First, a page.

Word of the Day : April 14, 2018


adjective suk-SINKT


: marked by compact precise expression without wasted words

Did You Know?

The history of succinct might not be short, but it's a cinch to remember. Succinct traces to Latin succinctus ("tightly wrapped, concise"), which comes from the verb cingere ("to gird"), the word that gave us cincture and cinch. In its earliest uses succinct meant "confined" or "girded up," and, as such, it was often used in reference to garments encircled by a band. Eventually, succinct was extended to the realm of insects, where it meant "supported by a band of silk around the middle" (as in "the succinct pupa of a butterfly"). Later, the word was applied to writings. A "succinct" piece of writing is "compressed" or "compact" and uses as few words as possible.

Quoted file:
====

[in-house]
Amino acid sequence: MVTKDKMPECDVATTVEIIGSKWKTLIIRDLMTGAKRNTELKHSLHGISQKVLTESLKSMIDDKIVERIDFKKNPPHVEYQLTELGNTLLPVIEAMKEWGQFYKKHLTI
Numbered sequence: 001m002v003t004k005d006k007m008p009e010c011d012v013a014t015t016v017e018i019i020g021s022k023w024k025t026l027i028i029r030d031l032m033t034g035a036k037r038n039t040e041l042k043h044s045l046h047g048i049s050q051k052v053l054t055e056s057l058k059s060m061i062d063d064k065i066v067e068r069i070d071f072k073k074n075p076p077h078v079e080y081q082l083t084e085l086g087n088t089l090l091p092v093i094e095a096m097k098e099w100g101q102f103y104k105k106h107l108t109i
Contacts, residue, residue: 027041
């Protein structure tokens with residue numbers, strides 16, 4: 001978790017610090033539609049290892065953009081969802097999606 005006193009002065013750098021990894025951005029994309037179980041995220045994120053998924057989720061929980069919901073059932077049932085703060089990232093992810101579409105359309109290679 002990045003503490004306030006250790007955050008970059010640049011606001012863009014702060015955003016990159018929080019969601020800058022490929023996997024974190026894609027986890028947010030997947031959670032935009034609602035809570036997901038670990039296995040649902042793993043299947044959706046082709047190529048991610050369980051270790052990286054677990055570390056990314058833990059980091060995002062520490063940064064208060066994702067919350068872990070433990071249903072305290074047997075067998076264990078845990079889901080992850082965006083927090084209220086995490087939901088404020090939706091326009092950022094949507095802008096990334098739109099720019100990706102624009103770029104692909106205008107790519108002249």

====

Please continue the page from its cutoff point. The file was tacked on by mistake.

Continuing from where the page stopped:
"[Ninni] Holmqvist's writing is spare in style, elegantly succinct, but the layers of the world she's created are manifold." — Sophie Gilbert, The Atlantic, 25 July 2017

"[Steve] Bartels' keynote, at a succinct 30 minutes, managed to cover broad ground, including the surge of interest in hip-hop thanks to streaming, which has brought new interest in the genre's catalog." — Leila Cobo, Billboard.com, 7 June 2017

Word Family Quiz

What word is derived from Latin cingere and refers to any one of the sections that a town or city is divided into for election purposes?



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